How do investors prefer to save for their pensions: the 1/N heuristic.

How do investors prefer to save for their pensions: the 1/N heuristic.

Mark and Harvey were sat having coffee in their regular café that they visited every Thursday for breakfast before work. They discussed the latest football results and eventually ended up on the subjects of retirement. Harvey had never got around to starting an investment for his retirement so wanted to ask Mark for advice. Mark simply suggested that Harvey allocate his retirement investments equally across several funds, explaining that this reduce risk.

Saving or investing for retirement is one of the most important decisions that a person can make in their lifetime. Picking the right pension plan and / or allocating resources to the right fund(s) is crucial for enjoying their retirement years. Pension plans and retirement schemes differ from country-to-country. In some pension schemes investors have the choice of how to allocate their funds. When planning for their retirement individuals with a pension plan that allows them to allocate resources to different funds must choose how to invest their money. One popular strategy for making decisions about how to allocated resources is to use the 1/N heuristic (Benartzi & Thaler, 2001). The 1/N heuristic removes the confusion and stress of weighing up the pros and cons of how to invest resources and simply states that a given amount of resources should be divided equally between ‘x’ funds, for example, when a sum of £100,000 is to be invested this would be distributed into £20,000 into 5 different funds.

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In the Swedish pension system investors have the option of deciding how to invest 2.5% of their income. They can allocate 2.5% of their income to either a stock or interest fund (Hedesstrom et al., 2007). Once an individual makes the decision to invest part of their income they receive a brochure with 655 potential funds, they are then required to decide which of the funds they’d like to invest in. In 2004 researchers at Goteborg University analysed 392 investment decisions. The researchers found that investors used at least 5 different heuristics and biases to make their decisions. Investors had a tendency to avoid funds with extreme high and low risks (extremeness aversion – Simonson & Tversky, 1992), a tendency to select the default option (default bias – Johnson et al., 1992), to choose many funds in an attempt to seek maximal variety (diversification heuristic – Read & Loewenstein, 1995), to select domestic funds (home bias – Kilka & Weber, 2000), and to use the 1/N heuristic (Benartzi & Thaler, 2001).

A larger study of more than half a million pension plan participants in Defined Contribution pension plans from the records of the Vanguard Group investigated the use of the 1/N heuristic (Huberman & Jiang, 2004). They found that when deciding how to allocate pension funds participants tended to use the 1/N to divide their funds over 3 or 4 funds.

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A third study of 1000 people examined how Dutch citizens planned for their retirement (Van Rooij et al., 2007). After analysing retirement decisions the results of this study revealed that Dutch citizens are risk-averse and considered themselves to be financially unsophisticated. When given the option these investors used one three strategies (i) the default bias, (ii) the 1/N heuristic, or were susceptible to (iii) framing.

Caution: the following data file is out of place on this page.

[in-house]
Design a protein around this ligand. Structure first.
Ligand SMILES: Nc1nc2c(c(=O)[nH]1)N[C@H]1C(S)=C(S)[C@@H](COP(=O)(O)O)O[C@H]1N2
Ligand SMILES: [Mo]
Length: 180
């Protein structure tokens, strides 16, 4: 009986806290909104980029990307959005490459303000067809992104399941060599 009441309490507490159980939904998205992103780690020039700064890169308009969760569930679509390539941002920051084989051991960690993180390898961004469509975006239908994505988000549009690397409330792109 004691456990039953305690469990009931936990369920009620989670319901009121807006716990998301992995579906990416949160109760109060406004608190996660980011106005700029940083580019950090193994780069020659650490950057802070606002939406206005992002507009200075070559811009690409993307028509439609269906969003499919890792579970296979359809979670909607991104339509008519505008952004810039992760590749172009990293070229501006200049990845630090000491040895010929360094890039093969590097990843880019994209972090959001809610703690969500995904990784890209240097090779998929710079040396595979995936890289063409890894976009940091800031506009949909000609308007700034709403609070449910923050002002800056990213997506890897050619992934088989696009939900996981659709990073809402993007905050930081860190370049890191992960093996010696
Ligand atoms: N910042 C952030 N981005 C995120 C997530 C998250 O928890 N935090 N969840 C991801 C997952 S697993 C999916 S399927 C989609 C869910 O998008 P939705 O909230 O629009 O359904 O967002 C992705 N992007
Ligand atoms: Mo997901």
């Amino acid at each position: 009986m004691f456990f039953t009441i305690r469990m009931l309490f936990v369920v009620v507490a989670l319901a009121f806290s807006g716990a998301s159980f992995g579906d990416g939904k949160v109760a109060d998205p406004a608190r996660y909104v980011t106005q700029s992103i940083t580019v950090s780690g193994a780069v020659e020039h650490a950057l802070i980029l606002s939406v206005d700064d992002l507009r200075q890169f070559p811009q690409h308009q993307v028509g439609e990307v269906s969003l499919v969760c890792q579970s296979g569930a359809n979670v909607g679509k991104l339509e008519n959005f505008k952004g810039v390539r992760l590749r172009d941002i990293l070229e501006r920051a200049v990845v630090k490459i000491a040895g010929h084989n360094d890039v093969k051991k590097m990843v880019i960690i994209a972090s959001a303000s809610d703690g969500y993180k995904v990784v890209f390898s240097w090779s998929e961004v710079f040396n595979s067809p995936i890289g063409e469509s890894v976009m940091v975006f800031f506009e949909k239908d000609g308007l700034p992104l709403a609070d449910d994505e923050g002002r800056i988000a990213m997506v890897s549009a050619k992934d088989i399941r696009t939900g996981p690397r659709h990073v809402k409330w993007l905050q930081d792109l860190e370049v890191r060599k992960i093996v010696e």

So, depending on what country you work in and decide to retire to there are many different ways to prepare for your retirement. Since most of us, like Harvey, are not financial experts when given complex important decisions to make for our retirement we choose to avoid risk by allocating our money equally across several funds by using the 1/N strategy. When planning for retirement the 1/N heuristic can be an effective and useful way to decrease risk and ensure a substantial retirement fund.

So, depending on what country you work in and decide to retire to there are many different ways to prepare for your retirement. Since most of us, like Harvey, are not financial experts when given complex important decisions to make for our retirement we choose to avoid risk by allocating our money equally across several funds by using the 1/N strategy. When planning for retirement the 1/N heuristic can be an effective and useful way to decrease risk and ensure a substantial retirement fund.

The framing effect on climate change communication and policy making.

The framing effect on climate change communication and policy making.

Hannah and Thomas had both recently become interested in the environment and the politics of climate change after seeing a few news articles on the topic. Last week Hannah watched a very convincing documentary by a leading politician about the dangers of climate change and how humans are contributing to it. Thomas’ father worked in manufacturing and was skeptical about the contributions of humans to the change in environment, his father had always said that humans could not change the environment. Both Hannah and Thomas agreed that although they had different views on climate change there are mixed messages in the press.

Many controversial topics in the media are framed in such a way that benefit the person or company that is responsible for placing the message. The framing effect is one of the major heuristics (short-cuts in decision-making) that is used in the media. Framing works by wording a message in a persuasive way to influence the thinking of the reader (Kuhn, 1997). Communicators can make a choice to present the possible outcomes of a medical interventions as either (a) 80% chance of surviving (i.e., positively framed) or (b) 20% chance of death (i.e., negatively framed). On the topic of climate change communication researchers have found that a negatively framed (highlighting losses) message decreases individual intentions to behave environmentally whilst positively framed messages (highlighting the possibility of losses not materializing) produce a stronger intention to act in a pro-environmental way (Morton et al., 2011).